The PLA, China Telecom and Huawei Golden Triangle

Huawei had a booth at the International Consumer Electronics Show in Las Vegas in January.

Huawei had a booth at the International Consumer Electronics Show in Las Vegas in January. Jae C. Hong/AP

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How many degrees of separation are there between the Chinese military and the global network equipment maker?

In a rarity, a report blaming China and state-owned Internet carrier China Telecom for rampant cyber snooping does not mention the word “Huawei." That is the name of another Chinese-headquartered telecom frequently accused of conspiring with the aforementioned to bug U.S. government and corporate networks. 

Computer forensics firm Mandiant on Tuesday released a 76-page study implicating the People's Liberation Army in more than 100 cyber raids on mostly English-speaking entities. Either that, or a well-funded hacker group with direct access to Shanghai-based telecom infrastructure is engaged in a cyber espionage mission next door to a PLA unit with the same mission, the report sneered. 

Meanwhile, China Telecom and Huawei, a global technology provider founded by a former PLA member, recently collaborated to build “Gigabit-speed connections for office buildings” in Shanghai, Huawei officials said. According to a memo obtained by Mandiant, China Telecom shares special fiber optic communications equipment with the PLA unit for national defense purposes.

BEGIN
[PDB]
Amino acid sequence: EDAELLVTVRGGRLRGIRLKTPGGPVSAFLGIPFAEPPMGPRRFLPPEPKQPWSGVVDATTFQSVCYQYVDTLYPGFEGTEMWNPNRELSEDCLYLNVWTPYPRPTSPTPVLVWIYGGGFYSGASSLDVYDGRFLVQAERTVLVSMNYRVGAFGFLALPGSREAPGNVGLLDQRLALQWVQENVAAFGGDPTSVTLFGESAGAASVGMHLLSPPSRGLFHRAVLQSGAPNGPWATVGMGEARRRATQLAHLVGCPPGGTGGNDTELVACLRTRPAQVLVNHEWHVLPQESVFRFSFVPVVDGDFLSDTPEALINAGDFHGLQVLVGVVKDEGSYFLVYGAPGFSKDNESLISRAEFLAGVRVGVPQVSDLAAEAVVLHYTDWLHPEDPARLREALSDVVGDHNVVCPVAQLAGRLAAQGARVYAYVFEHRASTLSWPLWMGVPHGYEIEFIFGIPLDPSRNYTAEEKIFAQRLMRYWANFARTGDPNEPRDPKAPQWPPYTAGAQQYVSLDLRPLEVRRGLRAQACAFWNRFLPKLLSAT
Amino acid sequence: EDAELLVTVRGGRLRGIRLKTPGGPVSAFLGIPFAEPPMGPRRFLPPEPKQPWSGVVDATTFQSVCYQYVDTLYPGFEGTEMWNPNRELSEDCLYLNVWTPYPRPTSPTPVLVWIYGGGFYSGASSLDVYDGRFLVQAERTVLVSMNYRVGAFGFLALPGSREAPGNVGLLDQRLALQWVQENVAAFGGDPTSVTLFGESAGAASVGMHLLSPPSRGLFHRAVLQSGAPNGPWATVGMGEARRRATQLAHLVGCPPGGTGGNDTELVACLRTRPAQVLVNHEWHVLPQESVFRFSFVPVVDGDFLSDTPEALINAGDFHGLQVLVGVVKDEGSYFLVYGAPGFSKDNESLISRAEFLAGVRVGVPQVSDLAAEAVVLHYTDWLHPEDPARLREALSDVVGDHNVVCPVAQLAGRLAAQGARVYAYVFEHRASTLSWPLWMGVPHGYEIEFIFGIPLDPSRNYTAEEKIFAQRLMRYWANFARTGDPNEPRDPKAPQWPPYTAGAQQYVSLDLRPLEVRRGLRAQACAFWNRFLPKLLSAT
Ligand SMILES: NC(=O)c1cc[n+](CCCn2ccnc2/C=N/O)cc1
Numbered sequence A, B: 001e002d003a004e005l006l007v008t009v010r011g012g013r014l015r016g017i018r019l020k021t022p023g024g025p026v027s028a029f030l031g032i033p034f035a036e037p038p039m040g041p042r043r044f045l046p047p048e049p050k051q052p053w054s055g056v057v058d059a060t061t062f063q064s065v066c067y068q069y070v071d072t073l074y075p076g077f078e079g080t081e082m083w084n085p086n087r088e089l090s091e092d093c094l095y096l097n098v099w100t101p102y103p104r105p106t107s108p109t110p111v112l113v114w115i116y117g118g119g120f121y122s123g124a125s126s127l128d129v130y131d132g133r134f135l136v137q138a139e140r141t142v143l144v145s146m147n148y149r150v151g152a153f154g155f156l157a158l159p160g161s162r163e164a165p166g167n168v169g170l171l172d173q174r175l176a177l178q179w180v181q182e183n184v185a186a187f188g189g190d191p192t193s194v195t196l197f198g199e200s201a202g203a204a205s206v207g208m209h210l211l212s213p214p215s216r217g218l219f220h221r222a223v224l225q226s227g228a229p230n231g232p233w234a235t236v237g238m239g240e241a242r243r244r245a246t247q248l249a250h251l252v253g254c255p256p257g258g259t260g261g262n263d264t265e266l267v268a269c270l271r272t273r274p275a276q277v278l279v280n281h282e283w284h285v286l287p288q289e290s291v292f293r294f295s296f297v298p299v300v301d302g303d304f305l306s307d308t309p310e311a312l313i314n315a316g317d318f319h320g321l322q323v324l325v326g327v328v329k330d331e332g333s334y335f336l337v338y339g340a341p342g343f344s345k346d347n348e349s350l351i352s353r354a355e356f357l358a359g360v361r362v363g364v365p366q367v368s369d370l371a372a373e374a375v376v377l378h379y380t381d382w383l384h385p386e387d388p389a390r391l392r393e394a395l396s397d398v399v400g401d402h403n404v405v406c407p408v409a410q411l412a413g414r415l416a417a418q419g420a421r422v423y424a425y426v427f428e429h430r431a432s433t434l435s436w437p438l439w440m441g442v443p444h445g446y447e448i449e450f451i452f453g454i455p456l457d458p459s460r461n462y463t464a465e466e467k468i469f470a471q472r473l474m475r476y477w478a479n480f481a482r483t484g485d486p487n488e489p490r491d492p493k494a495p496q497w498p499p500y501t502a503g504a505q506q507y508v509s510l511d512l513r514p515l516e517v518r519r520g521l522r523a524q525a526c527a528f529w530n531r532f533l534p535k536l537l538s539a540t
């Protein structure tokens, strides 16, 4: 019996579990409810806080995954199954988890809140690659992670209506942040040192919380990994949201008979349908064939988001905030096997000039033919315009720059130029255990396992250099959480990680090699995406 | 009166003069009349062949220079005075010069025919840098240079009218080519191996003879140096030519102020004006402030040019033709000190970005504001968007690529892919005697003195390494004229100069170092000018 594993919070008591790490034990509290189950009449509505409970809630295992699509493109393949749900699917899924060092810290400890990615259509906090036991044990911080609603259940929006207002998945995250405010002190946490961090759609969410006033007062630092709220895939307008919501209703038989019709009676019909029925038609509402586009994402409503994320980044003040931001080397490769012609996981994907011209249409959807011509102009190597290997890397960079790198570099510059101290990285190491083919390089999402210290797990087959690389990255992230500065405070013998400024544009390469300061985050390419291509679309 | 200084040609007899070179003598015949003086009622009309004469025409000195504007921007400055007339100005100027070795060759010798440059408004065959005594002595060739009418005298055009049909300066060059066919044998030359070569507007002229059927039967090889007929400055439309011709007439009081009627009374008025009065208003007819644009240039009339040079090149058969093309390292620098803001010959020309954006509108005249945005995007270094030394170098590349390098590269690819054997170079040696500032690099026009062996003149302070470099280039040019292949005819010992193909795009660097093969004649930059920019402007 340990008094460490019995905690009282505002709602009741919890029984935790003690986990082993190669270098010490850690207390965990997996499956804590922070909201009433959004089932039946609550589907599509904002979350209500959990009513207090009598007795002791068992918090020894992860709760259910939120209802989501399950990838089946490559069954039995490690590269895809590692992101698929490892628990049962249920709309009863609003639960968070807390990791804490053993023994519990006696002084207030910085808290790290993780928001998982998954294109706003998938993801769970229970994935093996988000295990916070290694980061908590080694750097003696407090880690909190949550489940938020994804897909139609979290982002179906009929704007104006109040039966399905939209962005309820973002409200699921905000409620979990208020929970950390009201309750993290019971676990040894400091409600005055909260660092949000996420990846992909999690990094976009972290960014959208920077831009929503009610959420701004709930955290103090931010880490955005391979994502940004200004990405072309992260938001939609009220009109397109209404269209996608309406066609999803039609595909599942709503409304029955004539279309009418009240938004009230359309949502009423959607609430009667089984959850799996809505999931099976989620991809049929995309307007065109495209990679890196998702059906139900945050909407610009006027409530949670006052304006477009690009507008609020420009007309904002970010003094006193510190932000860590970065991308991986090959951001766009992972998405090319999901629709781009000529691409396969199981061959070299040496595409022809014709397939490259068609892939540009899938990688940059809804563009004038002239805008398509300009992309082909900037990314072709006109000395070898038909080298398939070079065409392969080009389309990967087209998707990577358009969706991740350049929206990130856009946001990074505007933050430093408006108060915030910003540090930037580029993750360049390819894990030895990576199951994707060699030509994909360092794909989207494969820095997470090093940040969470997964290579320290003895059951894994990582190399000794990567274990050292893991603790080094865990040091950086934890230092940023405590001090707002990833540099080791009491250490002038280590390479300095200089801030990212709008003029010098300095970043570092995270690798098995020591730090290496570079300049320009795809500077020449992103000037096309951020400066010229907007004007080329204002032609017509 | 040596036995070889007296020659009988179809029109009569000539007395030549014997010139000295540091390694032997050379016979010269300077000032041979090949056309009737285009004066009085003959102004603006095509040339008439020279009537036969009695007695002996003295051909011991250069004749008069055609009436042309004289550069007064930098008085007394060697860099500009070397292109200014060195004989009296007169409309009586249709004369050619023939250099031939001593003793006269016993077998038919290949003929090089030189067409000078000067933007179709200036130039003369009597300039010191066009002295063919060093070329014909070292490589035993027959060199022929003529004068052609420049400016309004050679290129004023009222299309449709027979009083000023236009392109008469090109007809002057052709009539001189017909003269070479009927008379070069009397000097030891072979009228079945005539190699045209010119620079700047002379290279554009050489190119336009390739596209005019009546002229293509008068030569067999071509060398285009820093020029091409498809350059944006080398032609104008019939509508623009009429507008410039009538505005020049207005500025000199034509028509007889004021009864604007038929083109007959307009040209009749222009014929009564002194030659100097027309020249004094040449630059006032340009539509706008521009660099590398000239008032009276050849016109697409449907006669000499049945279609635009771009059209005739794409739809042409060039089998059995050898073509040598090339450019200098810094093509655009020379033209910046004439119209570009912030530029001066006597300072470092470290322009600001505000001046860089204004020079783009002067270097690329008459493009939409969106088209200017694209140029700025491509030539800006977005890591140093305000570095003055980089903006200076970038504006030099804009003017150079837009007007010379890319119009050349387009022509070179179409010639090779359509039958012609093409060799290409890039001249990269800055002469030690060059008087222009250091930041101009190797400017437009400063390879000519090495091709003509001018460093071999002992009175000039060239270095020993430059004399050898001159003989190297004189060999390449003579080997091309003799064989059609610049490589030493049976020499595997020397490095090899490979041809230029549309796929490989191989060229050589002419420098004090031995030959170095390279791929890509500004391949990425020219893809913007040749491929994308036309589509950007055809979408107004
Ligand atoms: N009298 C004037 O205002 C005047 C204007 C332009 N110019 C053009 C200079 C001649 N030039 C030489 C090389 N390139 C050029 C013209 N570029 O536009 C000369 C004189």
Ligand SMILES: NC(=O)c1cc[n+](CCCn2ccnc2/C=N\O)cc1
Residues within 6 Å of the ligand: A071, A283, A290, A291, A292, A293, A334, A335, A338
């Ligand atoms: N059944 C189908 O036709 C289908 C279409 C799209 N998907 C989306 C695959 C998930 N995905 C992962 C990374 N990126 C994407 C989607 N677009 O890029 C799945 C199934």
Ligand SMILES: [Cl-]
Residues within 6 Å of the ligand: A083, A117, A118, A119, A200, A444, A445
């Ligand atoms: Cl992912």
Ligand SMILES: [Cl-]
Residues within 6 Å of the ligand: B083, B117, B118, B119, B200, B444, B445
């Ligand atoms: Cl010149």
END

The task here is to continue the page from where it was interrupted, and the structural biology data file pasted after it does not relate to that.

Huawei spokesman Francis Hopkins this week said the company "had no comment on this report, which pertains to allegations against China's military." He added that "Huawei is a private multinational corporation" and the manufacturer "provides telecom equipment to 45 of the world's top 50 service providers." 

Mandiant's work was first reported by The New York Times.

While Mandiant’s findings make no claims about Huawei’s involvement in cyberstalking, congressional probes into the business have alleged network eavesdropping activities.

In late 2012, a House Intelligence Committee investigation asserted Huawei steals U.S. competitors’ trade secrets and might be embedding "backdoors" into goods that it markets stateside to remotely poach data. For the past decade, Huawei has sold hardware and software in U.S. regions like the Great Lakes.

Huawei has consistently denied hacking U.S. government and corporate interests.